A MUTUAL OPEN-DOOR POLICY
“Open to me the doors of repentance, o Lifegiver; / For my spirit rises early to pray towards Your holy temple, / bearing the temple of my body all defiled. / But as The Generous One, // purify me by Your abundant mercy.” (Byzantine Lenten Hymn, Sunday Matins)
In these weeks leading up to Lent, I’m thinking how willingly our Lord exchanges “house-visits” with us. Last weekend, we heard the reading about Zacchaeus, a tax collector who scrambled up into a tree to catch a glimpse of Christ, from afar, – and the Lord rewarded his humble efforts by visiting his house. This weekend, as Lent draws nearer and we begin to chant the “Lenten Triodion,” we celebrate another tax-collector (or “publican”), somewhat bolder than Zacchaeus. This one “went up” not into a tree, to see the Lord from afar, but into the very house of the Lord, “into the temple,” to pray (Lk 18:10). And he, too, was rewarded with a “house visit” by God’s grace: For the humble, sincere way in which he prayed, he’s rewarded with “going home” not empty-handed, but with the great blessing of being “justified” (Lk 18: 14).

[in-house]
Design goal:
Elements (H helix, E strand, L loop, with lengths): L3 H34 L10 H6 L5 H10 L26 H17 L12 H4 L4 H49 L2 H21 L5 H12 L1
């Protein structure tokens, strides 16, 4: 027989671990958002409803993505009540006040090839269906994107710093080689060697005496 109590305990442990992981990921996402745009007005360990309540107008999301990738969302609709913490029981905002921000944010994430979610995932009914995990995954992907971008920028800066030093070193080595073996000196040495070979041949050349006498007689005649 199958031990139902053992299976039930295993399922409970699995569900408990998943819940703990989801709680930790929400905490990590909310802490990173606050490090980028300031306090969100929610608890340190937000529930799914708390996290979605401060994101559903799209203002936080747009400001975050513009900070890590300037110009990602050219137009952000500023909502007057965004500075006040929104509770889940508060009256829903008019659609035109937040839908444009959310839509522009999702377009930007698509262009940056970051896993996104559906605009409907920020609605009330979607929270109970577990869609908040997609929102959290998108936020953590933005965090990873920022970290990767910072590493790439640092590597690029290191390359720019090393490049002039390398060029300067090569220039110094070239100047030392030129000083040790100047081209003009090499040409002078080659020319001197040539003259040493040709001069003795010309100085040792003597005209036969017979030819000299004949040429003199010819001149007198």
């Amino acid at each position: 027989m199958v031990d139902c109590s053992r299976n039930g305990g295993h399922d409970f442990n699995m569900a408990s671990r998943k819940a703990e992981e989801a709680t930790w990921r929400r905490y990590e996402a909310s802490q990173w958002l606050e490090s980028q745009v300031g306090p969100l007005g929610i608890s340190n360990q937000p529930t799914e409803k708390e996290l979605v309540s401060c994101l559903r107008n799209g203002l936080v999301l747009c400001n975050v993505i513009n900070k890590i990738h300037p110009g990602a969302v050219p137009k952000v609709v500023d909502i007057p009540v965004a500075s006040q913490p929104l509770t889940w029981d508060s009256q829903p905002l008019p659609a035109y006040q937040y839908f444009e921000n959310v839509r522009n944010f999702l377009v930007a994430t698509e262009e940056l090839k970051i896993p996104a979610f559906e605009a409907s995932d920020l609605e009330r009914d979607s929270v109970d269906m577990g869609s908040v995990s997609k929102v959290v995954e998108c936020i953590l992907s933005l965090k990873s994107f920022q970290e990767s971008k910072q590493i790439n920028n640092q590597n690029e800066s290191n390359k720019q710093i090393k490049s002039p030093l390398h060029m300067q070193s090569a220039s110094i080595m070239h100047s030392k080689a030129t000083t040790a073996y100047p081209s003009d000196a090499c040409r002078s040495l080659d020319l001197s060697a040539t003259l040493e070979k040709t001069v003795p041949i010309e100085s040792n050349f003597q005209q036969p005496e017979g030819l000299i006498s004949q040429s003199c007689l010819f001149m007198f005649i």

The Lenten hymn quoted above, which we’ll be singing for the first time this weekend, and then every weekend until the end of Lent, captures our attitude, as Church, to this mutual “open door policy” we have with our Lord. We need His help, to keep it going. Because, while we know His doors are always open, ours tend to get stuck in forgetfulness or neglect, and occasionally need some oil on their hinges. So we ask for His “oil,” for His grace, to help us open up again to His transfigurative fellowship, with which He challenges us again and again. “Open to me the doors of repentance, O Lifegiver,” because I’m ready, Lord. I’m ready for repentance, and for the beautiful Season of Positive Change, which is Lent!